----------
Todd L. Greene

cchc Pictures, Images and Photos
HarpNinja
1942 posts
Nov 30, 2011
6:13 AM
I was in NYC for a week in October. There were street performers and subway performers, but I went to Time Square twice and the only "performers" I saw were people dressed in costumes - Mickey Mouse, the Big Apple, Cookie Monster - and I actually saw the police writing the Big Apple a ticket.

There were several spots around the trains where people were performing, and I saw what appeared to be a few permits to do so. Around the Brooklyn Bridge there were cops not even 15ft from the performers and they seemed cool with what was going on.

There were some GREAT blues-type bands performing in the larger train terminals. They had to have been legit.

We stayed with family in Brooklyn, but I bet we went to the city every day. My favorite were the performers at Central Park (ran into Rod Stewart there too). They have to have permission to be there, right? My son LOVED the musicians there. They all went out of their way to engage him and have fun with him (before and after getting tipped). Very, very fun.
----------
Mike
Quicksilver Custom Harmonicas
VHT Special 6 Mods
toddlgreene
3469 posts
Nov 30, 2011
10:31 AM
Okay, i am back from my lunchtime walk thru the Quarter, and I got the scoop right from the horse's mouth:No permits are required on Royal Street, but they are required for street performers/artsits/vendors of any kind on Canal Street or Jackson Square.

And, judging from the smell of one large and always-popular group of ragtime jazz performers, bathing is not required either.

During the daytime(when Royal is generally blocked off), you'll have a steady flow of tourists and locals(like me)most of the day, and especially when the weather isn't frightful. If one were to get ahold of a calendar of big events in town, such as the Sugar Bowl and the conventions, you could smartly plan your most profitable visits.
----------
Todd L. Greene

cchc Pictures, Images and Photos

Last Edited by on Nov 30, 2011 10:34 AM
MP
1893 posts
Nov 30, 2011
11:08 AM
Honolulu, and Kalalaua Ave. in the heart of Waikiki only.
there are performers every night of the week from the International Market Place all the way Diamond Head to Kapiolani Park. Carribean steel drummers, saxophonists,slack key guitarists, wierd painted folk, you name it.

license? no one has a license.
----------

MP
doctor of semiotics and reed replacement.

"making the world a better place, one harmonica at a time"
kudzurunner
4387 posts
Nov 19, 2013
5:07 PM
The Blues Doctors are going to come down to NOLA and hopefully busk in January. Can someone update me on the busking situation there? I'll use a pair of Mouses, but of course I've got my footdrums. Will we need a permit for Jackson Square? Several websites say yes, but other say that since Katrina everything has lightened up.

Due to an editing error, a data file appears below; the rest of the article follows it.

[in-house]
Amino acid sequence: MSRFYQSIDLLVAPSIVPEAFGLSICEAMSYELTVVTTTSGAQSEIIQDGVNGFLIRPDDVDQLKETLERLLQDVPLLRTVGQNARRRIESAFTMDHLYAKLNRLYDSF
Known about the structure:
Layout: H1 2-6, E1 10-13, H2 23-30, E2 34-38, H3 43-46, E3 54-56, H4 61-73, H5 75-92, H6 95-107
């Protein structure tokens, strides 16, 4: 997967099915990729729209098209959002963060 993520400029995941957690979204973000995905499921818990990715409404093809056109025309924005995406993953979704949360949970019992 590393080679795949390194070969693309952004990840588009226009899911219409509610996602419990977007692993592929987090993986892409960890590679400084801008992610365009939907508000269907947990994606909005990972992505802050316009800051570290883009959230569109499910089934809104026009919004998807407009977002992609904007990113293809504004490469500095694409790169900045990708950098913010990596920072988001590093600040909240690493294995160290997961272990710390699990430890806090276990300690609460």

STME58
591 posts
Nov 19, 2013
11:05 PM
I play in Balboa park most Sundays while my son rehearses with the youth symphony. I have yet to ask for or receive donations there. I know a permit is required for busking, but seeing I don't have a hat out, I am not busking. I have not been bothered by the rangers.

I stopped at the rangers office to see what it would take to get a permit once and the person at the desk was not sure exactly, but their description was consistent with what I found here

Busking permit process for Balboa Park
Joe Strouzer
43 posts
Nov 20, 2013
4:24 AM
@groyster1 yeah DUBLIN is ok, but last time we played there we some of our tips stolen out the hat by a crack head... I ran after the guy but when he turned round he was covered in his own blood, I left it at that....
Best in Ireland I've had is GALWAY by a country mile, and the best spots are all by my favourite pub, Tigh Neachtains. you can often find harmonica customizer Cathal Johnson in there too.

I'm heading to NOLA in January and will definitely be getting out on the streets to play, other musicians I know from England who came over had no problems in the past!

----------
www.josephstrouzer.com
harpdude61
1883 posts
Nov 20, 2013
6:05 AM
I second Asheville N.C., but you better have your permit! Mine son and his buddy were fined more than they made...lol


Post a Message
Guest Name

Message

(8192 Characters Left)



Please enter the code shown above and click the 'Post Message' button. This additional step is required to help protect against message spam.


 

 

 

blues harmonica riffs - harmonica tabs - learn harmonica - play harmonica

play harmonica easily - harp tabs for beginners - blues harmonica lessons

 

ADAM GUSSOW is an official endorser for HOHNER HARMONICAS